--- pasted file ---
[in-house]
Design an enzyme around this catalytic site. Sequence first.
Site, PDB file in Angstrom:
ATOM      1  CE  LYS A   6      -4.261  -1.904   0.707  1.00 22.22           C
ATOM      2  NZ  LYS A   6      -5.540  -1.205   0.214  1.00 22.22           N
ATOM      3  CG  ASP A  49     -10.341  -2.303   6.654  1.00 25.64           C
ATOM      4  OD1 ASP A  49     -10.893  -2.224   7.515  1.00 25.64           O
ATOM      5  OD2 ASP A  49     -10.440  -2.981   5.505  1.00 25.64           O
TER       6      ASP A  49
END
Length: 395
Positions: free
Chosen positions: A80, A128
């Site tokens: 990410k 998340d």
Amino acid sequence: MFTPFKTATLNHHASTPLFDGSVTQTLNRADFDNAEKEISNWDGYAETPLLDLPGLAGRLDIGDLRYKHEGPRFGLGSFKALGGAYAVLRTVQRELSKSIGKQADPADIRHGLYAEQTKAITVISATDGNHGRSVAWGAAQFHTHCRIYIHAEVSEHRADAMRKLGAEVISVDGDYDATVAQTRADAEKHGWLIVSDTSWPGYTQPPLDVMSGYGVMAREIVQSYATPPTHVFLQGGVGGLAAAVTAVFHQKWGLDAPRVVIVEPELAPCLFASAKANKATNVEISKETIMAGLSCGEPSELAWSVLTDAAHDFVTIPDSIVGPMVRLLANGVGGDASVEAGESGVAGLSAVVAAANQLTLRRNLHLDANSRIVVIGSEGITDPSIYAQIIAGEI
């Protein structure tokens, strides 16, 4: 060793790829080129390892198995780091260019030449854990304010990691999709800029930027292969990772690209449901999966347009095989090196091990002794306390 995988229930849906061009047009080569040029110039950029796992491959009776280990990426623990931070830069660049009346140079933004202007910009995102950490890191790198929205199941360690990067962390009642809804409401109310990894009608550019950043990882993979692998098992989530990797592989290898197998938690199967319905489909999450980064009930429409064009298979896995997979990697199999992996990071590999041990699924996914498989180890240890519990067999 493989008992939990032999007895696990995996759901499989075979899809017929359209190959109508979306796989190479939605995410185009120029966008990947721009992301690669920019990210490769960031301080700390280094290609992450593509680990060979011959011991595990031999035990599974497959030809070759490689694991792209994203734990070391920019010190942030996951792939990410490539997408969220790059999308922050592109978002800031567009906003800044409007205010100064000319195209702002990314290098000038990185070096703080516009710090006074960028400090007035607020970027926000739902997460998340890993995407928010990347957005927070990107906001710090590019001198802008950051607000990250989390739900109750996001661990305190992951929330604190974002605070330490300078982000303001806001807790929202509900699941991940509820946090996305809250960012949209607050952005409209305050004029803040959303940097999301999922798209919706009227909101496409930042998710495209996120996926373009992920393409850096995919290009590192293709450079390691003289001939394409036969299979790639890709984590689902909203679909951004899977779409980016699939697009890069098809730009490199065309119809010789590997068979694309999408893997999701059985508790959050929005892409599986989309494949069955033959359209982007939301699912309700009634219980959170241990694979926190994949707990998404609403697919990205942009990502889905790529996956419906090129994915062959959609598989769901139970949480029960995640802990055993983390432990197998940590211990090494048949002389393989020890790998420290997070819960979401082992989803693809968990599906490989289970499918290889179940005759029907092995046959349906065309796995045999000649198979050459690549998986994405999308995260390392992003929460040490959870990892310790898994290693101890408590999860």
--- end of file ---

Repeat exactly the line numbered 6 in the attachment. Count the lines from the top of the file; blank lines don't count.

ATOM      3  CG  ASP A  49     -10.341  -2.303   6.654  1.00 25.64           C